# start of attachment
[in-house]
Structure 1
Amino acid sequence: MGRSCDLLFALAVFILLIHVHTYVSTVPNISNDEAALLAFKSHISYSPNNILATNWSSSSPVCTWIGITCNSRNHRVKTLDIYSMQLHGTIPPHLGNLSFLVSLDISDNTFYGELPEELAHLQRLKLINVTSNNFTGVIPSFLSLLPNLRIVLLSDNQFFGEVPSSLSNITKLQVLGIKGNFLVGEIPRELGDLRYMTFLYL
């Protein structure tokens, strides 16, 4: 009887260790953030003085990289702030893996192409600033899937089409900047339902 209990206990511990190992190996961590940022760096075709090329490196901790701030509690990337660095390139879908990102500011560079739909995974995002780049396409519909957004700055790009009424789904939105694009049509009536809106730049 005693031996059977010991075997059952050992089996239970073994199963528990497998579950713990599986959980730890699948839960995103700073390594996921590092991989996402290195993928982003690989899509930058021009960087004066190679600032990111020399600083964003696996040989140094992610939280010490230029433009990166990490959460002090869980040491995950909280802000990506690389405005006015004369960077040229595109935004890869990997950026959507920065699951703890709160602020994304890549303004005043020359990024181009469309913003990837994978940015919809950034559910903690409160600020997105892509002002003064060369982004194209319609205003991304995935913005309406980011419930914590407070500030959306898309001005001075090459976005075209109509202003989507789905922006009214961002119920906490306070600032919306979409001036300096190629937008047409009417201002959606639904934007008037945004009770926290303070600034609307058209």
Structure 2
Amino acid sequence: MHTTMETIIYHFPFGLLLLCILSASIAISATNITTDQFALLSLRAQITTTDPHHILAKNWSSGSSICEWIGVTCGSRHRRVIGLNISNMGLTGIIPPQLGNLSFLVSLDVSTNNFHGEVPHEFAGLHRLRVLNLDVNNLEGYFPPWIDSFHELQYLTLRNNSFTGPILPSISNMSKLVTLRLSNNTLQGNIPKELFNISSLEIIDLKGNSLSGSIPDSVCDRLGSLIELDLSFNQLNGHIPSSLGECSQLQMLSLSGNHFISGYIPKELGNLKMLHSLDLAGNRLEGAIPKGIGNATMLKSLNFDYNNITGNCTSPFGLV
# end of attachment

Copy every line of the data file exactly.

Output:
[in-house]
Structure 1
Amino acid sequence: MGRSCDLLFALAVFILLIHVHTYVSTVPNISNDEAALLAFKSHISYSPNNILATNWSSSSPVCTWIGITCNSRNHRVKTLDIYSMQLHGTIPPHLGNLSFLVSLDISDNTFYGELPEELAHLQRLKLINVTSNNFTGVIPSFLSLLPNLRIVLLSDNQFFGEVPSSLSNITKLQVLGIKGNFLVGEIPRELGDLRYMTFLYL
């Protein structure tokens, strides 16, 4: 009887260790953030003085990289702030893996192409600033899937089409900047339902 209990206990511990190992190996961590940022760096075709090329490196901790701030509690990337660095390139879908990102500011560079739909995974995002780049396409519909957004700055790009009424789904939105694009049509009536809106730049 005693031996059977010991075997059952050992089996239970073994199963528990497998579950713990599986959980730890699948839960995103700073390594996921590092991989996402290195993928982003690989899509930058021009960087004066190679600032990111020399600083964003696996040989140094992610939280010490230029433009990166990490959460002090869980040491995950909280802000990506690389405005006015004369960077040229595109935004890869990997950026959507920065699951703890709160602020994304890549303004005043020359990024181009469309913003990837994978940015919809950034559910903690409160600020997105892509002002003064060369982004194209319609205003991304995935913005309406980011419930914590407070500030959306898309001005001075090459976005075209109509202003989507789905922006009214961002119920906490306070600032919306979409001036300096190629937008047409009417201002959606639904934007008037945004009770926290303070600034609307058209």
Structure 2
Amino acid sequence: MHTTMETIIYHFPFGLLLLCILSASIAISATNITTDQFALLSLRAQITTTDPHHILAKNWSSGSSICEWIGVTCGSRHRRVIGLNISNMGLTGIIPPQLGNLSFLVSLDVSTNNFHGEVPHEFAGLHRLRVLNLDVNNLEGYFPPWIDSFHELQYLTLRNNSFTGPILPSISNMSKLVTLRLSNNTLQGNIPKELFNISSLEIIDLKGNSLSGSIPDSVCDRLGSLIELDLSFNQLNGHIPSSLGECSQLQMLSLSGNHFISGYIPKELGNLKMLHSLDLAGNRLEGAIPKGIGNATMLKSLNFDYNNITGNCTSPFGLV